Cycle Of Suffering simply the best thing that Sylosis has ever produced.“It’s a revitalised version of the band! Everything is more focused,” Middleton agrees. “Maybe that’s potentially worrying to some Sylosis fans because we’ve been known to do long-ish songs and cram lots of riffs into them, and I love that too, but this time I was trying to focus in on the best bits. I think maybe my attention span has got worse as I get older, so if the song’s over four minutes long I’m like, ‘Let’s get this wrapped up now!’ [laughs]. But it’s also the first album with Ali [Richardson] on drums. He’s done a great job. He’s brought something new to the band. He’s got a very unique style and a distinctive sound and that’s added to refreshing the sound and mixing things up.”No stranger to lyrics with a profoundly personal edge, Josh has ventured even further into his innermost thoughts on Cycle Of Suffering. As its title suggests, this is an album weighed down by the world’s troubles, as Sylosis noisily conspire to wring droplets of hope from humanity’s shared sorrows.“The album title refers to accepting the fact that suffering will be an inevita-ble part of everyone’s lives,” Middleton says. “There are a lot of distractions in the world that people use to hide or run away from unpleasant situations and thoughts, so it’s about accepting that you just have to sit with discomfort every now and then. I guess suffering is an inevitable part of being human. I asked my wife if the album title was needlessly negative or putting out a bad vibe but she said, ‘Well, it is kind of how things are!’ Lyrics only come to mind if I am a bit down or depressed, so that just happens to be what I usually tend to write about. But I’m a little bit older and better able to deal with things these days and hopefully that’s there in the songs too.”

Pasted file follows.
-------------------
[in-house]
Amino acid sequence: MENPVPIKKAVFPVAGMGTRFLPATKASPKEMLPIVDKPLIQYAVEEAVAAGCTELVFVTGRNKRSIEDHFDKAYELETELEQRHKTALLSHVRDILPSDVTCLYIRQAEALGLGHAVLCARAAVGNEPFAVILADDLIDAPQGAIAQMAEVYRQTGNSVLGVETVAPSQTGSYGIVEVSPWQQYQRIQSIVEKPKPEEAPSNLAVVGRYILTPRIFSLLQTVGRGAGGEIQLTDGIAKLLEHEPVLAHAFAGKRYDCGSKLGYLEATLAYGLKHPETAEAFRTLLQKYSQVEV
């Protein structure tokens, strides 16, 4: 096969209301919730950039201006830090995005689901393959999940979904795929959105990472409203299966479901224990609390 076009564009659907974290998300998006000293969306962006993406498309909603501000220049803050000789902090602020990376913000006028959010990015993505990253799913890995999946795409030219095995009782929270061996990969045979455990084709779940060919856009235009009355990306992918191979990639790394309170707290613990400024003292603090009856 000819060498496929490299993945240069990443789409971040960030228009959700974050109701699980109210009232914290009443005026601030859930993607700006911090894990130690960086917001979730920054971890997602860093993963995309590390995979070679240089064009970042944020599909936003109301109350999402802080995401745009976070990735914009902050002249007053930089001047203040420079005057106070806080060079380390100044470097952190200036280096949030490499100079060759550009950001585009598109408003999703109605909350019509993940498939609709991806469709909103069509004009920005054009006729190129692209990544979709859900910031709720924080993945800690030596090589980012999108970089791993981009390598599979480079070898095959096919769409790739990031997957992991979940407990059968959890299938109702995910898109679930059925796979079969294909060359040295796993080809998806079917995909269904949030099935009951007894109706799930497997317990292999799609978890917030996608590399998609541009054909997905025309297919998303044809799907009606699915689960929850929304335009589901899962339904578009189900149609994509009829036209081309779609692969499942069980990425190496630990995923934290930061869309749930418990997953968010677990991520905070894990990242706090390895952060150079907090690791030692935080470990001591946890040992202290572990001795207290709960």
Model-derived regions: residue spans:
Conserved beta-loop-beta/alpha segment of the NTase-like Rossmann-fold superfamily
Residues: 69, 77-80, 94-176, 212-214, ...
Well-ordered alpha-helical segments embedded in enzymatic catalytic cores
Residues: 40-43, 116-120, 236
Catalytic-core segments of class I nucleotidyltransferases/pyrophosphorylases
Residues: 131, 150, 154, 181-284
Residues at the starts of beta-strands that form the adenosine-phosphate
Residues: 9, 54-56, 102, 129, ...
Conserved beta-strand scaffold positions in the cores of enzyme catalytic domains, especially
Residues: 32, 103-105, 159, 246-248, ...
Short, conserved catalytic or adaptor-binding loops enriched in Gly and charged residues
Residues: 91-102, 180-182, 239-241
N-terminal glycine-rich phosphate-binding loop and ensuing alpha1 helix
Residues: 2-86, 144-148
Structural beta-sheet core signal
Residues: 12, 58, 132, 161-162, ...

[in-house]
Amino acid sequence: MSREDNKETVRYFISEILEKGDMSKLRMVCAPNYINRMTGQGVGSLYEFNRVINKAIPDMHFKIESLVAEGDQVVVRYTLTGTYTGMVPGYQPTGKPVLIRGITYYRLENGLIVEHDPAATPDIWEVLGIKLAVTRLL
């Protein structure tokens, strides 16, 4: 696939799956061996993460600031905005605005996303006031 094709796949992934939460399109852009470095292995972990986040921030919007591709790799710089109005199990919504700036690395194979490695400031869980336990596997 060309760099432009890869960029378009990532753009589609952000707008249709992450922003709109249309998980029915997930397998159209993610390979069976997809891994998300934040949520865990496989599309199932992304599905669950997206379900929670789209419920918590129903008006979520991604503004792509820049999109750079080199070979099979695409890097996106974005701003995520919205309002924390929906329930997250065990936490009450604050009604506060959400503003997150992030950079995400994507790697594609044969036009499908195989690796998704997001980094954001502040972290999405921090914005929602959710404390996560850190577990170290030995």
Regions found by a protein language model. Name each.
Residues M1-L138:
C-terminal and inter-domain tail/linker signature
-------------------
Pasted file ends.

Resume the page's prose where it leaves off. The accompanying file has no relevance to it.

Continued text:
Cycle Of Suffering’s most emotionally powerful moment comes at the album’s close: a grandiose and melodramatic funeral march, Abandon showcases Sylo-sis’ newfound creative freedom and maturity while sending waves of melancholy shivers down the listener’s spine. It’s a magical moment on a wonderfully com-plete and coherent album that adds an array of new textures and tones – all of them dark - to Middleton’s metallic canvas.Not just a ferocious and commanding comeback but a wholesale reassertion of musical values and vivacity, Cycle Of Suffering seems certain to restore Sylosis to its rightful status as standard bearers for ultra-modern thrash. This is balls-out and blazing metal at its best, but with a big heart and vast emotional depths: once again, the kind of life-affirming noise that made Sylosis a big deal in the first place, but somehow bigger, better and imbued with ever more self-belief. Sylosis is back and the future is for the taking.“I feel really revitalised and excited about doing Sylosis stuff and taking it as far as I can. This is definitely not a final chapter or anything like that! Having time apart was healthy and I feel really good about it now. I’m excited about moving forward’’